A Cross-European Analysis of the Impact of Electricity Pricing on Battery Uptake in Residential Microgrids with Photovoltaic Units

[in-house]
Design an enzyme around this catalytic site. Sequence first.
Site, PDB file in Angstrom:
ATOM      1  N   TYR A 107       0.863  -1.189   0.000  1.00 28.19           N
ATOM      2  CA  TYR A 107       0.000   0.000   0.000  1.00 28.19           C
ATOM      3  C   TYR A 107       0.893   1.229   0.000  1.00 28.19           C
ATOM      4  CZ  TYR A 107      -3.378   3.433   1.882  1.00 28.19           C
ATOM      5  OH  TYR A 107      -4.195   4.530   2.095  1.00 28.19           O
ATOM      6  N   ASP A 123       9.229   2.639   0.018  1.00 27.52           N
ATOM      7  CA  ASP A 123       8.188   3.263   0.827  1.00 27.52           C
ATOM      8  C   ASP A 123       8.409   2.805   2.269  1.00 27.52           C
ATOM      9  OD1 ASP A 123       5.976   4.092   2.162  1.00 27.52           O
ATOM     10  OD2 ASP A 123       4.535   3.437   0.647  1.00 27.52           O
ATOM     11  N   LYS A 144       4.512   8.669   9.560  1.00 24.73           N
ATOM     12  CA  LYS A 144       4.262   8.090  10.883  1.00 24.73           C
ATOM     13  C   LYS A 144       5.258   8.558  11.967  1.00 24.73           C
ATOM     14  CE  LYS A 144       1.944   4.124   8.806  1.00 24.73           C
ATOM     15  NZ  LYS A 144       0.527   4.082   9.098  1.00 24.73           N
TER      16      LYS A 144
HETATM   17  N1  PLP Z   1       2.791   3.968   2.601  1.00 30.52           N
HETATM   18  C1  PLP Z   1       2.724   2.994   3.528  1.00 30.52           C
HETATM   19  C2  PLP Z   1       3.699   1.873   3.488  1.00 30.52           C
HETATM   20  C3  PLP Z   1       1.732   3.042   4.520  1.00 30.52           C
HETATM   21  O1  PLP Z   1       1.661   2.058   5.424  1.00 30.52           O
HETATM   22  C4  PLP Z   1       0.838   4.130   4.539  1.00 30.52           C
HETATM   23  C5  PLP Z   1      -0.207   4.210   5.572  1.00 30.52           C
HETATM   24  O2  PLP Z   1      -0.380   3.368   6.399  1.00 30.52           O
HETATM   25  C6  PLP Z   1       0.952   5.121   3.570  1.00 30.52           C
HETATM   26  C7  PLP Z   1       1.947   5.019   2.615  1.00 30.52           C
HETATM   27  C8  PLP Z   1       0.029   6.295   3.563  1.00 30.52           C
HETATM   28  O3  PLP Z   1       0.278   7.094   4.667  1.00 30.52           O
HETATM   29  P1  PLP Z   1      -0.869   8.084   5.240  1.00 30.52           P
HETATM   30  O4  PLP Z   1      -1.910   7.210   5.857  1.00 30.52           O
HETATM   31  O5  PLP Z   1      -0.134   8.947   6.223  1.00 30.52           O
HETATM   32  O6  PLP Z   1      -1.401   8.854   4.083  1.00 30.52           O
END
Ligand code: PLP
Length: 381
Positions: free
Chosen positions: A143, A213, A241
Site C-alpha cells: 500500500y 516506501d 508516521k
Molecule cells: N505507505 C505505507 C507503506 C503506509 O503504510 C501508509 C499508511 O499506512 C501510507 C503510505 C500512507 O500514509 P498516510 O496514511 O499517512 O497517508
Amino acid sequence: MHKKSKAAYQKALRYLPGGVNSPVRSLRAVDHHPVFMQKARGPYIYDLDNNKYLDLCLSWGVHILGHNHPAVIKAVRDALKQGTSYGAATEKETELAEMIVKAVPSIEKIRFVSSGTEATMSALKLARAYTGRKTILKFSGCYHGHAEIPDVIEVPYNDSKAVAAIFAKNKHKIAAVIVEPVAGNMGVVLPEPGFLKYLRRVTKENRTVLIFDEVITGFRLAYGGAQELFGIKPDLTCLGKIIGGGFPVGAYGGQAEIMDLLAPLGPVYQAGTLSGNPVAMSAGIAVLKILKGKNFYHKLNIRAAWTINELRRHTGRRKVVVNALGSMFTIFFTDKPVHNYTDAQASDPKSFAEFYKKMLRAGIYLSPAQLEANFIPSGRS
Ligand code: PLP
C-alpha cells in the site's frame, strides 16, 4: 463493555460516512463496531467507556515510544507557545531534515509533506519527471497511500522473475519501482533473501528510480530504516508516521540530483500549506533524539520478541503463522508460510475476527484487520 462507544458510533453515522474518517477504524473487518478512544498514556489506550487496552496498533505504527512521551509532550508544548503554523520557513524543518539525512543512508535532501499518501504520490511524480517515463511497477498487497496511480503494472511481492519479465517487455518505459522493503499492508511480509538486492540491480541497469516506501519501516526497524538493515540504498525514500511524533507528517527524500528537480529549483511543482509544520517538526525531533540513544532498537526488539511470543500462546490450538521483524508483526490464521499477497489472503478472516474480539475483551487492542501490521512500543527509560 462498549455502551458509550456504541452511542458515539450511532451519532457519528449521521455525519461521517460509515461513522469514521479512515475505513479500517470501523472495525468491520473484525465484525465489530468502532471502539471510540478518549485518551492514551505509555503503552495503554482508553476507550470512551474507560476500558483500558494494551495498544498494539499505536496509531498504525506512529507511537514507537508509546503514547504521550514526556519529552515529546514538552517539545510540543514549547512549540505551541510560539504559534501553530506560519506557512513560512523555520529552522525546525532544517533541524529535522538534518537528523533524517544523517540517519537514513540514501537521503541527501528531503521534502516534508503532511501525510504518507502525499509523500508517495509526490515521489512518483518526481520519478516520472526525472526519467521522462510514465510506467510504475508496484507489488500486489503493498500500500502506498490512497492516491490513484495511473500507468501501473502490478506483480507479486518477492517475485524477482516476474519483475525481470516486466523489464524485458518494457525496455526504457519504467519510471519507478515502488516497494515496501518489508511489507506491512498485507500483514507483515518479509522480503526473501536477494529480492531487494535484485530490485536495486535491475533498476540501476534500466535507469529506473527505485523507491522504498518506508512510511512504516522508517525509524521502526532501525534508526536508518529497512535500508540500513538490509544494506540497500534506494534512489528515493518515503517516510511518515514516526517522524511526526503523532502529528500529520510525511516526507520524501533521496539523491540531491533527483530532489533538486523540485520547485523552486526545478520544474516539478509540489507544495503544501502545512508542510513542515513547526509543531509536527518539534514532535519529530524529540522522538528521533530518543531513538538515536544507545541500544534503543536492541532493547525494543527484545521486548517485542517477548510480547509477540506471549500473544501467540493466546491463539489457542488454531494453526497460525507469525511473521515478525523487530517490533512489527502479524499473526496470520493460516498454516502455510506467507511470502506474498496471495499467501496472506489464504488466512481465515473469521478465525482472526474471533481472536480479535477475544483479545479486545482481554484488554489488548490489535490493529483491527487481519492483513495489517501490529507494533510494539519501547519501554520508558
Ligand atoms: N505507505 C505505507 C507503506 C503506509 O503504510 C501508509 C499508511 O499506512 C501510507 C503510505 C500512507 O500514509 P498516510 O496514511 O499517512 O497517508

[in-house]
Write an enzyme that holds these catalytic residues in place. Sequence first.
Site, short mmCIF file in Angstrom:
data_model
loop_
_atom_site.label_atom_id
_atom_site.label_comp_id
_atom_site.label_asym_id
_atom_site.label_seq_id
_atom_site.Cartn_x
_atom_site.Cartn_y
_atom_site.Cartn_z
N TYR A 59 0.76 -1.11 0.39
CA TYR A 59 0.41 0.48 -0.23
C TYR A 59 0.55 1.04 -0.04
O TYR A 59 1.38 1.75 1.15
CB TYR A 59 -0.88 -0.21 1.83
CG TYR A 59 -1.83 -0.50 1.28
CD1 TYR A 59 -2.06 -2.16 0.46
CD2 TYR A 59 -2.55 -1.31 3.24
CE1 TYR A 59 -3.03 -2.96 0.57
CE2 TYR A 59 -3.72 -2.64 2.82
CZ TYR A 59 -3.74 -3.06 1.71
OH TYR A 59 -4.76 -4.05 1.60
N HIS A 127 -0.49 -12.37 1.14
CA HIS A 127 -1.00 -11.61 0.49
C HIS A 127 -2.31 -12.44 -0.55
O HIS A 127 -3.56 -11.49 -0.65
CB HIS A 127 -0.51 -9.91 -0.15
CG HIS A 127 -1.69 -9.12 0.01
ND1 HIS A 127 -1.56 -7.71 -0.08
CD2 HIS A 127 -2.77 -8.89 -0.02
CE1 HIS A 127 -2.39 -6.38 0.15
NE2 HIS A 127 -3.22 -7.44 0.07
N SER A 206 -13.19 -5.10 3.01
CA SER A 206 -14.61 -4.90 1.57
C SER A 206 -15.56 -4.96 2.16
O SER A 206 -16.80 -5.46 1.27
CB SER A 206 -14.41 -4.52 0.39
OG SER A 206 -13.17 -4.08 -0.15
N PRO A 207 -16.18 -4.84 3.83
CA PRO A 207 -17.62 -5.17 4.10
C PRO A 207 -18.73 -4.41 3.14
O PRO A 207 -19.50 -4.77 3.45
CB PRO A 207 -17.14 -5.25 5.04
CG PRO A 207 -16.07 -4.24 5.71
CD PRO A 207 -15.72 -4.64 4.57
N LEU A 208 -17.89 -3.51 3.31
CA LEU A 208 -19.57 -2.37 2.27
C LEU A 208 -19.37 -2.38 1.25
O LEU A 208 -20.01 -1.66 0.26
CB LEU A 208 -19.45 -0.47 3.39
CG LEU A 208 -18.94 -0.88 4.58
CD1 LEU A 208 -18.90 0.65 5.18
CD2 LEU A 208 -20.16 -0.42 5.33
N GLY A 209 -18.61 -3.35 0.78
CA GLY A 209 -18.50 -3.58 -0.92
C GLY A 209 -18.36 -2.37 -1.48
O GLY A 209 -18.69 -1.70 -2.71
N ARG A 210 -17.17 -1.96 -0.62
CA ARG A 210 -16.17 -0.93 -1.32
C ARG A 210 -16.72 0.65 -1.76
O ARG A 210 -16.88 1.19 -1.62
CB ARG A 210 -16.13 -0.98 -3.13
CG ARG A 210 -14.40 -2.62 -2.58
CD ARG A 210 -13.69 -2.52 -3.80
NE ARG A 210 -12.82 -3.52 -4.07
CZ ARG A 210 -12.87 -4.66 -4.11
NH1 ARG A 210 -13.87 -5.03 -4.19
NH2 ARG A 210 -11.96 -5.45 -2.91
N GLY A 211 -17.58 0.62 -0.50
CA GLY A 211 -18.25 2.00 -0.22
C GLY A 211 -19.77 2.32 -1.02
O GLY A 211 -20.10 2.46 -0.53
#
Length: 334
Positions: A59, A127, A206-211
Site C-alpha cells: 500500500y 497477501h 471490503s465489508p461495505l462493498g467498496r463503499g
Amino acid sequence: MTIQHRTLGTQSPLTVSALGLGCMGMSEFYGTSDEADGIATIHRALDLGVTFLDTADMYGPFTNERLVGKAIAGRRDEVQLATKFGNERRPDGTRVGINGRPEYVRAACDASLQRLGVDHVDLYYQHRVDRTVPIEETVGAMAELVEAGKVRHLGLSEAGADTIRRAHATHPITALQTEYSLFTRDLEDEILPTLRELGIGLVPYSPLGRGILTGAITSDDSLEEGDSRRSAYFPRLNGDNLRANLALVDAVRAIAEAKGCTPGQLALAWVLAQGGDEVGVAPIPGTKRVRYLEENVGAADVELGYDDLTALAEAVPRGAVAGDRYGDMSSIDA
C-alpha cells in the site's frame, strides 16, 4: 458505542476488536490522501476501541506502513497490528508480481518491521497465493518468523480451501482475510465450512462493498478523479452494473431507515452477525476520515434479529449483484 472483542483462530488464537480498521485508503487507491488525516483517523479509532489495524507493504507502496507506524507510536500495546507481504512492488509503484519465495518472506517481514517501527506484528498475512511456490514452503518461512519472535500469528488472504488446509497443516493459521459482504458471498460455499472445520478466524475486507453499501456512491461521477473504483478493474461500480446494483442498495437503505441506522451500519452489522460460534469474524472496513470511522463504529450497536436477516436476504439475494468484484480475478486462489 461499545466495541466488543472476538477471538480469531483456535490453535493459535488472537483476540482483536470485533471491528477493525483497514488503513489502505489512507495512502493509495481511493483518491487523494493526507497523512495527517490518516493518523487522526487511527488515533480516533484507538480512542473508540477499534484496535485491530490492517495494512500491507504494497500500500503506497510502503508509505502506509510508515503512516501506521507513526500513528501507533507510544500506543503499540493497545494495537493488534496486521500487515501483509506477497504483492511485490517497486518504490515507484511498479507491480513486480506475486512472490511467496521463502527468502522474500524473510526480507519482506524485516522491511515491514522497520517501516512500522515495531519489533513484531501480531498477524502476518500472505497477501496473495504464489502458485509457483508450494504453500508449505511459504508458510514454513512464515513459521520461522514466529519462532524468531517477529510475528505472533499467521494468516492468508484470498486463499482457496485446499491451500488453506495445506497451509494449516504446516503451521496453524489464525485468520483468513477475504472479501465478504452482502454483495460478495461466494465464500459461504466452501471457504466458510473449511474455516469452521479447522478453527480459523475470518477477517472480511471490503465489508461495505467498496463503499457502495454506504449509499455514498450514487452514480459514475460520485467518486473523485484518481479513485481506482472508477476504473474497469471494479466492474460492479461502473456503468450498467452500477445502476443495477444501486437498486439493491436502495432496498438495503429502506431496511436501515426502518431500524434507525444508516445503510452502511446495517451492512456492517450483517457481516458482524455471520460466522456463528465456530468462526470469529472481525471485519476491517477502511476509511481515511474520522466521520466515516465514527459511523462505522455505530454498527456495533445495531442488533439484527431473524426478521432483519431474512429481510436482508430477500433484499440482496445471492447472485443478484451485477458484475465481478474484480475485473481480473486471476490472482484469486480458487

As decentralized electricity generation is supporting grid development into the prosumer era, this paper investigates the economic viability of adding batteries to residential microgrids powered by photovoltaic units, under various electricity pricing schemes. Batteries bring the benefits of grid-stabilization and congestion relief, and they are also becoming cheaper. The problem identified is that the main grid effectively acts as a lossless storage system, especially under the net-metering scheme, whereas using a battery involves investment costs and energy losses. This mismatch is addressed by analysing residential microgrid projects under seven tariff designs, each in seven countries of the European Union, and compare the economic viability of photovoltaic systems with and without batteries. The findings show that the conditions most favourable to batteries are given by a capacity tariff scheme allowing price arbitrage. Based on these findings, the paper discusses possibilities for further support in order to bring the economic viability of microgrids with batteries on par with that of microgrids without batteries.